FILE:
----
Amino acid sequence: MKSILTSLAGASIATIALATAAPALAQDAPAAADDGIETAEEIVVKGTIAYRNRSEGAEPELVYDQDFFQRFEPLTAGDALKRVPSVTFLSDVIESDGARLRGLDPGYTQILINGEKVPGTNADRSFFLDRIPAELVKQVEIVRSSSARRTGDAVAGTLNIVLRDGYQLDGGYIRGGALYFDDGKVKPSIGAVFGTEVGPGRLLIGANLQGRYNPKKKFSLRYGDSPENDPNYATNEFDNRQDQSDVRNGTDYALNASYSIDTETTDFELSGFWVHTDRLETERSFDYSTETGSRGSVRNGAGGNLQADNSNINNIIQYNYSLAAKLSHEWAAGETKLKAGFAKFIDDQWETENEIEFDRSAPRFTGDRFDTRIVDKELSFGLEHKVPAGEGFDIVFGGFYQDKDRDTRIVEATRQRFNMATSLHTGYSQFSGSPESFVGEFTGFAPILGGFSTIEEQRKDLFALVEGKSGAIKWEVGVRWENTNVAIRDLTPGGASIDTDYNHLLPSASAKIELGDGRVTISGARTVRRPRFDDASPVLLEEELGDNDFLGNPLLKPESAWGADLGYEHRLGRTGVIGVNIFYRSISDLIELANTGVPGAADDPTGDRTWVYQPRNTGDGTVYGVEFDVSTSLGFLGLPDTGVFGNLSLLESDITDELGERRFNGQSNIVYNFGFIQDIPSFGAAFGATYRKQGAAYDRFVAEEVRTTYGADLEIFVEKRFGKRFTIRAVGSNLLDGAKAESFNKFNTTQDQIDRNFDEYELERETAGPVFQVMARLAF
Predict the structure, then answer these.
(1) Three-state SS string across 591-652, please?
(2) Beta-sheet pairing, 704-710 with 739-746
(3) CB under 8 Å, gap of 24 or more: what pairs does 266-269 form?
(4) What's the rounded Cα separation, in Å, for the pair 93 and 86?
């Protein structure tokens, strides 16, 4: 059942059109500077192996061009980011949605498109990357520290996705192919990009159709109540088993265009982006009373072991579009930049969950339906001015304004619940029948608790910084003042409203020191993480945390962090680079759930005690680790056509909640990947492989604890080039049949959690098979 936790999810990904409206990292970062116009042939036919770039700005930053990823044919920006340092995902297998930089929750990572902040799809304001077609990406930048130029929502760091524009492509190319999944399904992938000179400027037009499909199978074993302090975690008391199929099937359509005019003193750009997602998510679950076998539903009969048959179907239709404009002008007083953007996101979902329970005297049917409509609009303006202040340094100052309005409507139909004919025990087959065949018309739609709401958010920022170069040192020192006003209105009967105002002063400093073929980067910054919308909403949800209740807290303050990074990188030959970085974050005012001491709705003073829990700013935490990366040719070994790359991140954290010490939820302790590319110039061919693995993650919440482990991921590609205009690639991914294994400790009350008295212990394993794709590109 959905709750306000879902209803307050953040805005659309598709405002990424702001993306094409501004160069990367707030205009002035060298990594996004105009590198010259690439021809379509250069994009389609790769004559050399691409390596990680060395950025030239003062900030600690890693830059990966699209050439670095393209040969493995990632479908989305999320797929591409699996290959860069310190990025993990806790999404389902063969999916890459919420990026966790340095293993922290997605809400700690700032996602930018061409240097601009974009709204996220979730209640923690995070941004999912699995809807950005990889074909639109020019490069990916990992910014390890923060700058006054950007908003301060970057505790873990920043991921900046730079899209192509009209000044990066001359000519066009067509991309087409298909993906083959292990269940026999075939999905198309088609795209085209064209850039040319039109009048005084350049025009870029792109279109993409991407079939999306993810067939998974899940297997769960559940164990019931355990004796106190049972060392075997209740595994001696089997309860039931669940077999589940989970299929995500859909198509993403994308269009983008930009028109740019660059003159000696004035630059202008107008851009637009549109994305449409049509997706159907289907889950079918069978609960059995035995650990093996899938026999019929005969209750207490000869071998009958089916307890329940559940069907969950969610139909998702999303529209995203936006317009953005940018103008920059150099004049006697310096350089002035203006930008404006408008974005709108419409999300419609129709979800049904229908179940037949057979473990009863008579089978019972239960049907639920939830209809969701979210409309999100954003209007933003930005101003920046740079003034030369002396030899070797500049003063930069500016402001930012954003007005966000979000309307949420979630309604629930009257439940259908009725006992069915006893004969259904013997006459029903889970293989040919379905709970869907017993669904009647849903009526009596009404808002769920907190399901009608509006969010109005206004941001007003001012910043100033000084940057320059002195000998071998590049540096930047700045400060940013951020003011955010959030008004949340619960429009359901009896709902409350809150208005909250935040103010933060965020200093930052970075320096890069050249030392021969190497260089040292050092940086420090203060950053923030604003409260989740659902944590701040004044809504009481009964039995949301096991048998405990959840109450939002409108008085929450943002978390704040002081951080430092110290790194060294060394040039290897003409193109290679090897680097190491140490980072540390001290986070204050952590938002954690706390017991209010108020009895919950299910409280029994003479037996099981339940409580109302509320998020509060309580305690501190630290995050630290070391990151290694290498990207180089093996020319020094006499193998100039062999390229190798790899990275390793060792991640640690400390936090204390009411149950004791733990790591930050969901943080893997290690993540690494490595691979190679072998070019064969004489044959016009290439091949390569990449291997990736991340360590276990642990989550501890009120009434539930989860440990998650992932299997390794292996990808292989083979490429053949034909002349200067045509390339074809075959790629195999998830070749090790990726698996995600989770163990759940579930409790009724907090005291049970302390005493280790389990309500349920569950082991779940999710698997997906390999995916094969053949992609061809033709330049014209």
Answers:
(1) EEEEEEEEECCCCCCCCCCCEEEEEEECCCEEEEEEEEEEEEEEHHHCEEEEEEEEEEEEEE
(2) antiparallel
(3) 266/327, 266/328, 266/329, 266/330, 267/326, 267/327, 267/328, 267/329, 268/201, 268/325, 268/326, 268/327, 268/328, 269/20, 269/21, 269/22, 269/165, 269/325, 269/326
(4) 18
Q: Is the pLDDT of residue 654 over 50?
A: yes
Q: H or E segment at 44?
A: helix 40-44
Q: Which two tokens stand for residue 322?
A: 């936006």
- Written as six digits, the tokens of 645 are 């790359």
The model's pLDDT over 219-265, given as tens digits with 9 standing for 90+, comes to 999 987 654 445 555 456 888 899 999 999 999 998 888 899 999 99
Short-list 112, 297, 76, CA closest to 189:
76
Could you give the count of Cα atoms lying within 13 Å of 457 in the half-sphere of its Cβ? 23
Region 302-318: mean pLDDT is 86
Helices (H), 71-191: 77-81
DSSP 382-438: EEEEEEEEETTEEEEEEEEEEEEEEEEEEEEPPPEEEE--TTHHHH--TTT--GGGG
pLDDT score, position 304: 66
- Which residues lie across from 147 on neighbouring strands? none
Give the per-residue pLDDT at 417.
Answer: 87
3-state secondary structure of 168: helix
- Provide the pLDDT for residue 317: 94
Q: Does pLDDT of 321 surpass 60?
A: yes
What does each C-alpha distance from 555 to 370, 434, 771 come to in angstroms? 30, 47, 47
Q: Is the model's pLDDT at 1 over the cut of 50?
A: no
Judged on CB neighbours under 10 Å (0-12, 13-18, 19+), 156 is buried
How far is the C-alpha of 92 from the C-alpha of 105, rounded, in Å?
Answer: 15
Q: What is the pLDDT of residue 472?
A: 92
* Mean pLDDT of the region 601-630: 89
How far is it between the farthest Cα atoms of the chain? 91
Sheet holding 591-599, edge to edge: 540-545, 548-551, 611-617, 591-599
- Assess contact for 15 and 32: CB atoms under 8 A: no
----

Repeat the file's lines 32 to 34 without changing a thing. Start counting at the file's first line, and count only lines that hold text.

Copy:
- Provide the pLDDT for residue 317: 94
Q: Does pLDDT of 321 surpass 60?
A: yes